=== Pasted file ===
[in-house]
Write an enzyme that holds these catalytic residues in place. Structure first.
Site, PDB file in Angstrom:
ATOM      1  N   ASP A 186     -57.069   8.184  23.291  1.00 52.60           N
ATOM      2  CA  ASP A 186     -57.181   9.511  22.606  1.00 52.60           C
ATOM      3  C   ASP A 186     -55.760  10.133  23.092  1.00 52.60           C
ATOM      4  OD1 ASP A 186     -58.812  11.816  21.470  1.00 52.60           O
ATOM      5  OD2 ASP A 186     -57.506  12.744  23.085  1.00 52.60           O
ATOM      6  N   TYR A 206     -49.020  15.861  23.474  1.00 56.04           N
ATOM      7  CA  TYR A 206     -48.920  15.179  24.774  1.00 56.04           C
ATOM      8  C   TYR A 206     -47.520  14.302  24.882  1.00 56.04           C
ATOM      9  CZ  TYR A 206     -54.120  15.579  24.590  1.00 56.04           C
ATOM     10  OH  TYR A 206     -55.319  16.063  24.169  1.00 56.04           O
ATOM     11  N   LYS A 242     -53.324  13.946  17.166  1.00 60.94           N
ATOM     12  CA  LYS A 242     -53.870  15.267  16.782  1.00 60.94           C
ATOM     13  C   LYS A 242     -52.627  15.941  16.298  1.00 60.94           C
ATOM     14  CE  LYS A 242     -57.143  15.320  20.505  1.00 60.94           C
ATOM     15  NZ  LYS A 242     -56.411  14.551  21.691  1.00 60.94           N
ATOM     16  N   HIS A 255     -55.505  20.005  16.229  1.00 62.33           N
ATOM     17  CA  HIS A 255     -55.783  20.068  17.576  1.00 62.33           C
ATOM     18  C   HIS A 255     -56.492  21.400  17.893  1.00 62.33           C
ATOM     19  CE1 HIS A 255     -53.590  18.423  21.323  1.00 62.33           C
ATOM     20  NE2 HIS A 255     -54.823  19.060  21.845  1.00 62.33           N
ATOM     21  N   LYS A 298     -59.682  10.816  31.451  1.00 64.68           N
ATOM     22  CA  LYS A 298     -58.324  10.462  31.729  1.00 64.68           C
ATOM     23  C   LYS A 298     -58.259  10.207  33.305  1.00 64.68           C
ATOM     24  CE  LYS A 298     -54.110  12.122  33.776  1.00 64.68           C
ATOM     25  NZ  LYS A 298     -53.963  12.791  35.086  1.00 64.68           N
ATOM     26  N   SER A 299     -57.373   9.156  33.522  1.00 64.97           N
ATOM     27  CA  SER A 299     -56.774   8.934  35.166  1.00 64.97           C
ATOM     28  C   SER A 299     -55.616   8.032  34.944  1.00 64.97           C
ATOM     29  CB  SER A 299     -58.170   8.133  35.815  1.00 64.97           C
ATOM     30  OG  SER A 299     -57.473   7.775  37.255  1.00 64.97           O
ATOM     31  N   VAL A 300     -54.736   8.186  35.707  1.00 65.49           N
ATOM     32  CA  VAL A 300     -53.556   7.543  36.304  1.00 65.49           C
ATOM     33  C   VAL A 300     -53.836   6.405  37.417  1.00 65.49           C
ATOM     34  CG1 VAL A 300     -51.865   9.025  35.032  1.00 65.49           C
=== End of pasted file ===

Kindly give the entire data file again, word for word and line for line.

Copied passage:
[in-house]
Write an enzyme that holds these catalytic residues in place. Structure first.
Site, PDB file in Angstrom:
ATOM      1  N   ASP A 186     -57.069   8.184  23.291  1.00 52.60           N
ATOM      2  CA  ASP A 186     -57.181   9.511  22.606  1.00 52.60           C
ATOM      3  C   ASP A 186     -55.760  10.133  23.092  1.00 52.60           C
ATOM      4  OD1 ASP A 186     -58.812  11.816  21.470  1.00 52.60           O
ATOM      5  OD2 ASP A 186     -57.506  12.744  23.085  1.00 52.60           O
ATOM      6  N   TYR A 206     -49.020  15.861  23.474  1.00 56.04           N
ATOM      7  CA  TYR A 206     -48.920  15.179  24.774  1.00 56.04           C
ATOM      8  C   TYR A 206     -47.520  14.302  24.882  1.00 56.04           C
ATOM      9  CZ  TYR A 206     -54.120  15.579  24.590  1.00 56.04           C
ATOM     10  OH  TYR A 206     -55.319  16.063  24.169  1.00 56.04           O
ATOM     11  N   LYS A 242     -53.324  13.946  17.166  1.00 60.94           N
ATOM     12  CA  LYS A 242     -53.870  15.267  16.782  1.00 60.94           C
ATOM     13  C   LYS A 242     -52.627  15.941  16.298  1.00 60.94           C
ATOM     14  CE  LYS A 242     -57.143  15.320  20.505  1.00 60.94           C
ATOM     15  NZ  LYS A 242     -56.411  14.551  21.691  1.00 60.94           N
ATOM     16  N   HIS A 255     -55.505  20.005  16.229  1.00 62.33           N
ATOM     17  CA  HIS A 255     -55.783  20.068  17.576  1.00 62.33           C
ATOM     18  C   HIS A 255     -56.492  21.400  17.893  1.00 62.33           C
ATOM     19  CE1 HIS A 255     -53.590  18.423  21.323  1.00 62.33           C
ATOM     20  NE2 HIS A 255     -54.823  19.060  21.845  1.00 62.33           N
ATOM     21  N   LYS A 298     -59.682  10.816  31.451  1.00 64.68           N
ATOM     22  CA  LYS A 298     -58.324  10.462  31.729  1.00 64.68           C
ATOM     23  C   LYS A 298     -58.259  10.207  33.305  1.00 64.68           C
ATOM     24  CE  LYS A 298     -54.110  12.122  33.776  1.00 64.68           C
ATOM     25  NZ  LYS A 298     -53.963  12.791  35.086  1.00 64.68           N
ATOM     26  N   SER A 299     -57.373   9.156  33.522  1.00 64.97           N
ATOM     27  CA  SER A 299     -56.774   8.934  35.166  1.00 64.97           C
ATOM     28  C   SER A 299     -55.616   8.032  34.944  1.00 64.97           C
ATOM     29  CB  SER A 299     -58.170   8.133  35.815  1.00 64.97           C
ATOM     30  OG  SER A 299     -57.473   7.775  37.255  1.00 64.97           O
ATOM     31  N   VAL A 300     -54.736   8.186  35.707  1.00 65.49           N
ATOM     32  CA  VAL A 300     -53.556   7.543  36.304  1.00 65.49           C
ATOM     33  C   VAL A 300     -53.836   6.405  37.417  1.00 65.49           C
ATOM     34  CG1 VAL A 300     -51.865   9.025  35.032  1.00 65.49           C